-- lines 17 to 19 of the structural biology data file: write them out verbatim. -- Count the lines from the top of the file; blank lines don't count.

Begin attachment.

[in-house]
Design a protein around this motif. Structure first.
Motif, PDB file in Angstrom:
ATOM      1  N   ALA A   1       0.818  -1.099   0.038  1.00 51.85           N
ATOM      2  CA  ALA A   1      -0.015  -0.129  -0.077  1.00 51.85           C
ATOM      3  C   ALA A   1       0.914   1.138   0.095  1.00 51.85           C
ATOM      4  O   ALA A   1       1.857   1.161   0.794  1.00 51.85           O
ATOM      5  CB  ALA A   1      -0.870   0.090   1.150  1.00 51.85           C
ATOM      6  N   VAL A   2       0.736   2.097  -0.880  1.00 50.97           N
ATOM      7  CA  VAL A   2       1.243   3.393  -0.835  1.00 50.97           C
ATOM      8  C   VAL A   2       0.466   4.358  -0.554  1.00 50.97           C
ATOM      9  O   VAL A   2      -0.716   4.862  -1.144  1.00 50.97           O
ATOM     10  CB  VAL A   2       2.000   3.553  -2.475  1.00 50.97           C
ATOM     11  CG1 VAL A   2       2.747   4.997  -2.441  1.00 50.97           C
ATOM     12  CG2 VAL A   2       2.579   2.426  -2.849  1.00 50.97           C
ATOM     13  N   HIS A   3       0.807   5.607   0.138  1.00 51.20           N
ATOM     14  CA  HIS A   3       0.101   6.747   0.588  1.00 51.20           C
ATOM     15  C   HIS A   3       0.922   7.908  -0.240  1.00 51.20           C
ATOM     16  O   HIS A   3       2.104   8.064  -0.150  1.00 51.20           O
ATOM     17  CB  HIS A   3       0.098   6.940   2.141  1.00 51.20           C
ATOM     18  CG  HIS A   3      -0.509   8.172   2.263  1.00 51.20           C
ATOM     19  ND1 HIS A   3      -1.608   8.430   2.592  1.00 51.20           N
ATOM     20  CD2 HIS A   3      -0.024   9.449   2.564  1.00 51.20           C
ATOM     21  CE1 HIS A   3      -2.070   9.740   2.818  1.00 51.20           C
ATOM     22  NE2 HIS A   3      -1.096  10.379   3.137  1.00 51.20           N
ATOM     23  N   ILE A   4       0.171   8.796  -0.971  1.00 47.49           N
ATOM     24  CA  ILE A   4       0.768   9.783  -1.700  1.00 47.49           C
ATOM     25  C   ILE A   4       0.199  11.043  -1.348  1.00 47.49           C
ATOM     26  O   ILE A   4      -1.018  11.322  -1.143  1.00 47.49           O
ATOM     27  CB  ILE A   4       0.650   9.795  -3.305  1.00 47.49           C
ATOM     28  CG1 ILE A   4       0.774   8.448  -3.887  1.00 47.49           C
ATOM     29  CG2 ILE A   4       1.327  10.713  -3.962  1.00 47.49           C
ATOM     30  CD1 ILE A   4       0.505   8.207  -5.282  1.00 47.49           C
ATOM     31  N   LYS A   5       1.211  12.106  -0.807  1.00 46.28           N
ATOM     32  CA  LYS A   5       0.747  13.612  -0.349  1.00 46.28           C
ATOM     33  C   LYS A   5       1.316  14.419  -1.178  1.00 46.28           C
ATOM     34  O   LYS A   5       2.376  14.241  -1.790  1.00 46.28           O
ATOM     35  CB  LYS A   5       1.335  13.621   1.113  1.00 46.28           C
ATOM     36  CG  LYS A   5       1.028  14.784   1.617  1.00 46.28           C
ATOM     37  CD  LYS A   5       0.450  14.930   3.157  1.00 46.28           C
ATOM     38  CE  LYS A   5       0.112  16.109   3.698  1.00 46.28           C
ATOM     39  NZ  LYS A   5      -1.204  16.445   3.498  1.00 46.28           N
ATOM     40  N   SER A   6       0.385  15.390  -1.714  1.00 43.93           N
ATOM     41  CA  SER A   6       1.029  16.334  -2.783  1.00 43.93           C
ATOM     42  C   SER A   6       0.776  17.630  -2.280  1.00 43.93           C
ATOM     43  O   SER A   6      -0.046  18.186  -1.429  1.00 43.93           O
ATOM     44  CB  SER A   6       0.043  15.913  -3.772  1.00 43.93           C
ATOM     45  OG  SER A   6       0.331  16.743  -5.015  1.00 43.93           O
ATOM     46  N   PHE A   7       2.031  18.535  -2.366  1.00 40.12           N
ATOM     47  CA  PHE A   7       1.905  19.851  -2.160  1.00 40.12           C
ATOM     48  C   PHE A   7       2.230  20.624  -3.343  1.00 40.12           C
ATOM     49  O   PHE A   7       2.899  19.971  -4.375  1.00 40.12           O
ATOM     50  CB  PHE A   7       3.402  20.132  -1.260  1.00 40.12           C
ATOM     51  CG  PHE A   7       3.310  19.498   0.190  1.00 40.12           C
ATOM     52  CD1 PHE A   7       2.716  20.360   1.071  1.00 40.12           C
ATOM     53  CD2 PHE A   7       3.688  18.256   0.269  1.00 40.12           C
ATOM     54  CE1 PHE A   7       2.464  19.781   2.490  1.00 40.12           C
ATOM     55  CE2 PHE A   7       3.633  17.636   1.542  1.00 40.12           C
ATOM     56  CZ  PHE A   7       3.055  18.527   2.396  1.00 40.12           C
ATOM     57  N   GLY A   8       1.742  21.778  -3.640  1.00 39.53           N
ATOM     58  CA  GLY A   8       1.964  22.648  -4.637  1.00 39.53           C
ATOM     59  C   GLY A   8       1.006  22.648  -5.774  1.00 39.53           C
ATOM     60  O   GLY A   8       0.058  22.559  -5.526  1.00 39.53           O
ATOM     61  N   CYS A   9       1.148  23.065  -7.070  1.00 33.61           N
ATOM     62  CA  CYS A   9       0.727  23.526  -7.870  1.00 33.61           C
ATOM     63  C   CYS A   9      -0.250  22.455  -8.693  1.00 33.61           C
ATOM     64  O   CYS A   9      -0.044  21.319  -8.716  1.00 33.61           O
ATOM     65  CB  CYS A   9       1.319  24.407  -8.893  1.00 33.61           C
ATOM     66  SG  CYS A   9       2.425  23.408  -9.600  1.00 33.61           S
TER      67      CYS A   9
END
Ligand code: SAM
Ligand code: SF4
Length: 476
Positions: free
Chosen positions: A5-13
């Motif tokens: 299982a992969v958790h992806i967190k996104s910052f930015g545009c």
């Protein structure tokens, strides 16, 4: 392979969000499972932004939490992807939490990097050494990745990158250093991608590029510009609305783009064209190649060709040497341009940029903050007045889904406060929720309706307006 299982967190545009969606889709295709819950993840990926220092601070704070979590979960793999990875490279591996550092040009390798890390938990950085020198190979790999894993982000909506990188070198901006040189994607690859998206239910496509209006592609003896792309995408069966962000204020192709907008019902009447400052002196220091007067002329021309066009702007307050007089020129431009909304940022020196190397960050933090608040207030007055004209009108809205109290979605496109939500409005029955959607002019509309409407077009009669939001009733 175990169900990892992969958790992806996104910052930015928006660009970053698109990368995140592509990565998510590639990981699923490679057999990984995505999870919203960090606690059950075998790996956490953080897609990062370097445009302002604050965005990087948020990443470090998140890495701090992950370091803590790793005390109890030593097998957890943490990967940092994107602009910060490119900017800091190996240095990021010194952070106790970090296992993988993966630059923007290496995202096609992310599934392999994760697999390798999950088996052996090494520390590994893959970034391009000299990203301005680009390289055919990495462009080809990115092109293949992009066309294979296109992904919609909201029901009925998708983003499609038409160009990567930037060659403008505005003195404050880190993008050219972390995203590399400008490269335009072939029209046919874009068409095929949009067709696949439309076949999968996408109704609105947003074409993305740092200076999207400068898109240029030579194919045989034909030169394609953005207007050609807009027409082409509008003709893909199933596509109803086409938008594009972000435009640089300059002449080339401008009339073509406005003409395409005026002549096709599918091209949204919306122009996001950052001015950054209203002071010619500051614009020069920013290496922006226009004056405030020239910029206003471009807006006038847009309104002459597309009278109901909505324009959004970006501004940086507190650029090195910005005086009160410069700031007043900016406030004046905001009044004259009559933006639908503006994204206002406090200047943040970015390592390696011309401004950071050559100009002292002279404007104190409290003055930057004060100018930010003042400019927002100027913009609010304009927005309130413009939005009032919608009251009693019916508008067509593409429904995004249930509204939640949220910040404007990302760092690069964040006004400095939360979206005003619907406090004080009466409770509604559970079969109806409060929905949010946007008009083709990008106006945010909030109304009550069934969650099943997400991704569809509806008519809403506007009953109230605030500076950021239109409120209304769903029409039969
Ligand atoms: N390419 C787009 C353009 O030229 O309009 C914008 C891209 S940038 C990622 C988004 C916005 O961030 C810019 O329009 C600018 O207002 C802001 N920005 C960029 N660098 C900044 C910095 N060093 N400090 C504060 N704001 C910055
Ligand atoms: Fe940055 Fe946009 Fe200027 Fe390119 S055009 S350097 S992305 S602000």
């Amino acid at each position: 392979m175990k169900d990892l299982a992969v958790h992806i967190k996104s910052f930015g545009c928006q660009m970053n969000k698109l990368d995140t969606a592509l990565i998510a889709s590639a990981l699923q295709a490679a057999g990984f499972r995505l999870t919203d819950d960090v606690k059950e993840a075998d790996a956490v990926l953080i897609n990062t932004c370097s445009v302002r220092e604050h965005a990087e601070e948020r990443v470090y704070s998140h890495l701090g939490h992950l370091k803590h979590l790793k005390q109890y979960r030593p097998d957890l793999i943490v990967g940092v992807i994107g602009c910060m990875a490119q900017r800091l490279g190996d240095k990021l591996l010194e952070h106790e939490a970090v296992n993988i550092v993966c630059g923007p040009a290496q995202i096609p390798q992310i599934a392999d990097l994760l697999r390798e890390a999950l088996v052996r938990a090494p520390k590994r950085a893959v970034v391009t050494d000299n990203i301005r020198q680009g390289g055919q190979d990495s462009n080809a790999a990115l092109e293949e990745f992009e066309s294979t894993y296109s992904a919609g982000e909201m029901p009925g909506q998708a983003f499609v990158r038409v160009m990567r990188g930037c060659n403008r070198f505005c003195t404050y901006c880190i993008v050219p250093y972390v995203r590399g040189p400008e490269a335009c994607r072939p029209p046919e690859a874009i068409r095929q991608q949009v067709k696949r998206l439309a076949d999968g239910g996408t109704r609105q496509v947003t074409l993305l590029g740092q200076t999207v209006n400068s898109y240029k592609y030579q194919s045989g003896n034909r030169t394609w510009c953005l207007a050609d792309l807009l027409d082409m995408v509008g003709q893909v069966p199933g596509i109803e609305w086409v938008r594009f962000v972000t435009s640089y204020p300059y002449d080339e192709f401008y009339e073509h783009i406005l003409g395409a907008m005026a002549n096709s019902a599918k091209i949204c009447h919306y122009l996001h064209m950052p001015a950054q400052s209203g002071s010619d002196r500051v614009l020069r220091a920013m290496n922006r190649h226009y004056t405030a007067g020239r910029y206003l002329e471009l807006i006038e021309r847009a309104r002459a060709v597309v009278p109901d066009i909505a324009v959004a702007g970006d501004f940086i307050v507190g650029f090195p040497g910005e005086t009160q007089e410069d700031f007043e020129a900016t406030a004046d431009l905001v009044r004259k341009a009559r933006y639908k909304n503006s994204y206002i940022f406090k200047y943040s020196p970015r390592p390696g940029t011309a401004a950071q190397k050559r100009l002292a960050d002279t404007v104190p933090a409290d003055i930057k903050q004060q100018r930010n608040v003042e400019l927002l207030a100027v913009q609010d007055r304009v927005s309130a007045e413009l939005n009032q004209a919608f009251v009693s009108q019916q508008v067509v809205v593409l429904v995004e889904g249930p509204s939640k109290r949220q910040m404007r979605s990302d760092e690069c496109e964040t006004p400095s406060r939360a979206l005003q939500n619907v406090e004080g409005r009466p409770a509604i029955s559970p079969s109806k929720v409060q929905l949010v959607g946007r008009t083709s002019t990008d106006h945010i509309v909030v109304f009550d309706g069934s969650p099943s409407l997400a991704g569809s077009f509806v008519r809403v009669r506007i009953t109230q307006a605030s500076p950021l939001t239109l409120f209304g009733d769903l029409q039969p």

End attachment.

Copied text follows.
ATOM     14  CA  HIS A   3       0.101   6.747   0.588  1.00 51.20           C
ATOM     15  C   HIS A   3       0.922   7.908  -0.240  1.00 51.20           C
ATOM     16  O   HIS A   3       2.104   8.064  -0.150  1.00 51.20           O